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By Ofer Caspi



Jacques Villeglé Bleecker Street (New York), janvier 1991, 1991

As any alligator-armed gallerist and pie-eyed budding artist is sure to know: Banksy is the Hunger Games. Pull a Banksy and you’re set, you’ve arrived. Thus, we’ve counted quite a few Banksys and Banksy wannabes, mainly from, you’ve guessed it, London, at The Armory Show this year, some of them even trying to out-Banks the head rabble-rouser himself. This kind of mammoth exhibition, a mighty chest thump from some of the globe’s most affluent galleries, is bound to make galleries dig deep into their reserves, pull out any conceivable ace in the hole or in lack of one, some wild cards. So Banksy imitators get their moment in the sun, side by side with…uh, shall we say lower tier, pieces of old masters in the likes of Miro, Picasso and Lichtenstein which are ceremoniously pranced to center stage.

Ugo Mulas Roy Lichtenstein, New York, 1964

Ugo Mulas
Roy Lichtenstein, New York, 1964

Now, don’t get me wrong: I totally relate to the Bansky hopefuls – I’ve been trying to pull off a Hunger Games clone for years, one with a vicious yet cheeky twist to call my own (Octogenarians… that’s right). But in the name of slutty Minerva, why Banksy?! This is such an obvious, sophomoric, insipid, spineless, imitation choice it makes a Sundae look bold. To all the Picasso postulants out there: Why don’t you do the Don Quixote (not to confuse with Don Draper) thing and mimic some sulky, quirky, non-ladies-man geezer like Braque, or Klee! Now that would be a statement.

And why would a Swedish gallery, of all places, play right into my snarky theme and jubilantly flaunt out on display a piece with an exaggerated sex doll?! Oh, I get it, it’s reverse self-irony.

Speaking of sex dolls, The Armory Show gives off a distinct and familiar vibe: One of Red Light Districts. Same seedy looks, suggestive smiles and phosphoric hues, all intended to bait the interested party into the right coveted booth, with the allure of a life changing experience or at least a quick release. Conceptually speaking, of course.


Vik Muniz Brigitte Bardot, 2004

Vik Muniz
Brigitte Bardot, 2004


Richard Prince New Figures, 2014

Richard Prince
New Figures, 2014


But in The Armory Show case, the mutually interested parties should definitely get a room. A coulisse or a fancy Pipe & Drape as furnished in the convention just won’t do: These hush hush dealings, these sweet talking duologues need more than a set piece. Only the discreetness of a real chamber will bring the reticent tryst to a fruitful transaction and a gratifying conclusion. That’s why, painfully unlike the Red Light District etiquette (yes, there is such a thing), as far as we’ve noticed, no greasy bills changed hands and no brittle checkbooks were pulled out. Business cards are swapped with an in-the-know nod and names are judiciously penciled into discreet journals – the assignation will be picked up on the gallerist awe-inspiring territory a few hours or a day later. The suitor may wish to get down to business and do the dirty deed right then and there, but the gallerists are too slick and experienced for that – they’ve been around the block more than a few times. Unlike auctions where the thrill of the hunt or just good old plain swagger gets the better of bidders, here, at this country fair, this barnyard sale, allowed one-on-one face-off-time with the wholesaler, with all his competitors looking, they were hoping to walk away with a Lichtenstein at mere mortals’ cost. The gallerists, on their part, may tactically schedule a condensed round of bargaining appointments with a few prospective buyers, hoping to get that bidding ball rolling after all, but skipping the auction house sore commission, the confidentiality of their closed doors, not to mention the need to triumphantly announce ‘a sell ’ come the end of the fair, may offer them a ladder to climb down from their high horse and still save face with a handsome profit.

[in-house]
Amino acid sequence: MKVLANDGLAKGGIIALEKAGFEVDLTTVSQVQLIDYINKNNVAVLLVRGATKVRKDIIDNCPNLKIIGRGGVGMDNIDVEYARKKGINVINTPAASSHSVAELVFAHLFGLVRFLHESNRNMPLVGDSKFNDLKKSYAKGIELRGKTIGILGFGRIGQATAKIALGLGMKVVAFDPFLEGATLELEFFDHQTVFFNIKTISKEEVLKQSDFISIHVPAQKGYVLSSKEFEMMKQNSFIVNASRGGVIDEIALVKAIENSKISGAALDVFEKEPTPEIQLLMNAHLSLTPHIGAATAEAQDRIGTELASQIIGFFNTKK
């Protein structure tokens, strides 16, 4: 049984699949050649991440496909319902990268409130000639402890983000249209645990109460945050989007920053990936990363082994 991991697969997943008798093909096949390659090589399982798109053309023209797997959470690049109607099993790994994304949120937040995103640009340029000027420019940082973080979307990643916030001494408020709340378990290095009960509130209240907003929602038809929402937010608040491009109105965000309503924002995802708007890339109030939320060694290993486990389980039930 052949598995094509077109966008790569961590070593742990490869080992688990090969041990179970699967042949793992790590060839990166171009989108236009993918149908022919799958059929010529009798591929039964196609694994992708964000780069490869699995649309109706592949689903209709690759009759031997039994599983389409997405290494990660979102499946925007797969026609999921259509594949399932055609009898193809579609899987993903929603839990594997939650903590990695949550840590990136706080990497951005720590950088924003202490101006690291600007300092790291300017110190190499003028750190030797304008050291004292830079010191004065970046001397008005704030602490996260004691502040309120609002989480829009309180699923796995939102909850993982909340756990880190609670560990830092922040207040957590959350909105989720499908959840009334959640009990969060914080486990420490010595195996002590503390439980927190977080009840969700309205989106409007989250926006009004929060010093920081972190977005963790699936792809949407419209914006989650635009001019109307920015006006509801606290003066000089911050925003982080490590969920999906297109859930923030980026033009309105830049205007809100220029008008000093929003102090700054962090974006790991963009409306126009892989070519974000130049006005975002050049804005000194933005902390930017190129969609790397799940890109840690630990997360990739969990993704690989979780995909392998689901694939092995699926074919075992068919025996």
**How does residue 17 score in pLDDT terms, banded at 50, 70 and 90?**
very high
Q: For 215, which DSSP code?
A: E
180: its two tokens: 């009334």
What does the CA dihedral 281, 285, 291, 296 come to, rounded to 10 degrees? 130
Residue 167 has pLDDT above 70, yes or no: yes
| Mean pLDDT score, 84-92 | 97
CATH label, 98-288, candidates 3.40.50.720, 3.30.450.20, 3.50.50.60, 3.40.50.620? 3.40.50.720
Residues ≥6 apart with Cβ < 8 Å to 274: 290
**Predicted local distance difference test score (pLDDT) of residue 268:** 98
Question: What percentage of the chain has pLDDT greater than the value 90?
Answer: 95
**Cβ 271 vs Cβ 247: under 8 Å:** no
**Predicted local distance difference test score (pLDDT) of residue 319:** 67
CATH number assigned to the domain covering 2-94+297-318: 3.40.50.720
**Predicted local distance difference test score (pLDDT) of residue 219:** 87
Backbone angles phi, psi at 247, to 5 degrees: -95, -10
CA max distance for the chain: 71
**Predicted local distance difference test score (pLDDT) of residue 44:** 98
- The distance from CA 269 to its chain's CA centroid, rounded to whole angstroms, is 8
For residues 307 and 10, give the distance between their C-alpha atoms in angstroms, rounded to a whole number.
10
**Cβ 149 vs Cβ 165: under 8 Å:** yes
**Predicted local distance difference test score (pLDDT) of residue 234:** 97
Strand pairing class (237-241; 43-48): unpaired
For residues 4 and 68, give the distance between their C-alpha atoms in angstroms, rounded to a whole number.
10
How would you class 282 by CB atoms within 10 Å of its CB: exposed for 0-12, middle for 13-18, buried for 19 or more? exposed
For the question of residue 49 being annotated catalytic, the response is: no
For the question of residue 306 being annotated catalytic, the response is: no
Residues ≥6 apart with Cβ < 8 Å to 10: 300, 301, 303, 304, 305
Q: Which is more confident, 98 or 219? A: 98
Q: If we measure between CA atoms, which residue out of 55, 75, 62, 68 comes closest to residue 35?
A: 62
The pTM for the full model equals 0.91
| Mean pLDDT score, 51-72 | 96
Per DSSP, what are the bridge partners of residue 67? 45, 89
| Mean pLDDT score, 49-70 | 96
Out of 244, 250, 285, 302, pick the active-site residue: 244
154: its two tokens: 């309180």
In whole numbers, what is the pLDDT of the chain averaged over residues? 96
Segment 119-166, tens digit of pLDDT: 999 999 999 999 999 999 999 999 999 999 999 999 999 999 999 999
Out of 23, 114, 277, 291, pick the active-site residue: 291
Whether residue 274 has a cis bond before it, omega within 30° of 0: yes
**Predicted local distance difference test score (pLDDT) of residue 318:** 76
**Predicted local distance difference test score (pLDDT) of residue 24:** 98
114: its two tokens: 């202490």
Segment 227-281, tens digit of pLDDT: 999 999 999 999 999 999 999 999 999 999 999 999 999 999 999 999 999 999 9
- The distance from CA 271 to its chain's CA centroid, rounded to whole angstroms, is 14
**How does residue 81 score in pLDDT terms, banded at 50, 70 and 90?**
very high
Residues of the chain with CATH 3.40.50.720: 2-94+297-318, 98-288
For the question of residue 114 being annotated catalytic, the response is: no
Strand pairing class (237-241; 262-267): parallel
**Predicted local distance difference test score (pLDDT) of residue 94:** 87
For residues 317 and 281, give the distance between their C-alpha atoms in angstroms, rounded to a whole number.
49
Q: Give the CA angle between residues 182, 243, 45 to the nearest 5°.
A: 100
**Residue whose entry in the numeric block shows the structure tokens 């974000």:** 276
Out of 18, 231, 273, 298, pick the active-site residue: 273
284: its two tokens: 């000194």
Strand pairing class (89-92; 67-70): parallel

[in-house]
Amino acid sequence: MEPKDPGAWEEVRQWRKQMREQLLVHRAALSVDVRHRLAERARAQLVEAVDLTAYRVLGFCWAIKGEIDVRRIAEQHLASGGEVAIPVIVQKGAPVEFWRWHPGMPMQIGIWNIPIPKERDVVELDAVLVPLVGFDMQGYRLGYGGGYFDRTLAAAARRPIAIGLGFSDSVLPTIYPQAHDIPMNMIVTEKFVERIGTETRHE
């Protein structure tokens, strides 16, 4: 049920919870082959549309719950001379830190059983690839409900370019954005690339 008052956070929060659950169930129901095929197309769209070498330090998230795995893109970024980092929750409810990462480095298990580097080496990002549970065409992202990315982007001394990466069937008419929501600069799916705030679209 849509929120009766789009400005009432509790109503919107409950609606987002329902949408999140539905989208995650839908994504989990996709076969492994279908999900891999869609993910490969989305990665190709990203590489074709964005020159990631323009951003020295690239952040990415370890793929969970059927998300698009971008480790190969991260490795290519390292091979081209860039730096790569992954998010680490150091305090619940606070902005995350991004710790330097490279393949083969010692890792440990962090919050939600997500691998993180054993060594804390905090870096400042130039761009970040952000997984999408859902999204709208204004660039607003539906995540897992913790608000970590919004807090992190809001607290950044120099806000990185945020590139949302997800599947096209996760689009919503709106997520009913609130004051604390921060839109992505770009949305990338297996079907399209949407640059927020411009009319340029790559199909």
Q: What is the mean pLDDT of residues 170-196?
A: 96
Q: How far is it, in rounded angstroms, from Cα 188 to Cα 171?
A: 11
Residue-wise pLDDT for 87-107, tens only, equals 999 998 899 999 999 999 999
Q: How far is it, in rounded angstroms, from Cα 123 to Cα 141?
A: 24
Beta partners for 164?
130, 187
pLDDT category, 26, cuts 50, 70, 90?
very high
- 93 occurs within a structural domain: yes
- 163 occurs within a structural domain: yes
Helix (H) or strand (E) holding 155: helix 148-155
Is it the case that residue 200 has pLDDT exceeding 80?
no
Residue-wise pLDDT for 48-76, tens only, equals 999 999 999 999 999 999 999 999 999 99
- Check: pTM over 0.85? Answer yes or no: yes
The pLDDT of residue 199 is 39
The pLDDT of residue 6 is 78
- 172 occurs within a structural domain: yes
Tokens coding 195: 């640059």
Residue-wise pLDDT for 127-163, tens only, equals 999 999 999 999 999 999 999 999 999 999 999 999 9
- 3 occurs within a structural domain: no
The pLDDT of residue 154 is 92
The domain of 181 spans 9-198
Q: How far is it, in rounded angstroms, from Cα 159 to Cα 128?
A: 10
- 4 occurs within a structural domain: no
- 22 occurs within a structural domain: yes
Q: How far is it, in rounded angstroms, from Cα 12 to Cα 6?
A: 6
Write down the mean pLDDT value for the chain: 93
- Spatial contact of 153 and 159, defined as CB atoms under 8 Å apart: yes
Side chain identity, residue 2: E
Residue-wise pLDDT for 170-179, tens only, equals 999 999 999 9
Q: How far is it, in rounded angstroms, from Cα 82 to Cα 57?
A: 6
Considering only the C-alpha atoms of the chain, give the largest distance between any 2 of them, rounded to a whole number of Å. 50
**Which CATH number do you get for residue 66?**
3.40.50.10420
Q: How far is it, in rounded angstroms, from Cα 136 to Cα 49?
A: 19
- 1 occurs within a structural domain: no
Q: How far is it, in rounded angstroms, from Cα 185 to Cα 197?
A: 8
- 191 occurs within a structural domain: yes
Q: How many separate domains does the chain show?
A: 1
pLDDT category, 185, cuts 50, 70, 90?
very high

Thomas Schulte w/ Aanant & Zoo Galerie Booth 816 

Lastly, we’ll just go ahead and say it: global art is sponsored by radical Islam. Or vice versa. Well, the extremists are doing well on their own, thanks, but seriously, where would political art be without the constant incendiary subject matter supply from these guys? It’s simply Booming (inexcusable pun, I know)! Now, here are some useful guidelines: The Arab child with the woes of the world gloomy eyes takes over, replacing the acquiescent Tibetan youngster who in his turn took over for the dismayed Vietnamese war toddler. Also, slap aق or aش across the canvas and you’re in the game. Immediately you see the three cons: conversant, controversial, contemplative – Hey, look at you, you’re pulling off political art. It’s dynamite! Or better yet: C4!


Ahmed Mater Cowboy Cody (Hadith), 2012


Shepard Fairey Arab Woman, 2012

Shepard Fairey
Arab Woman, 2012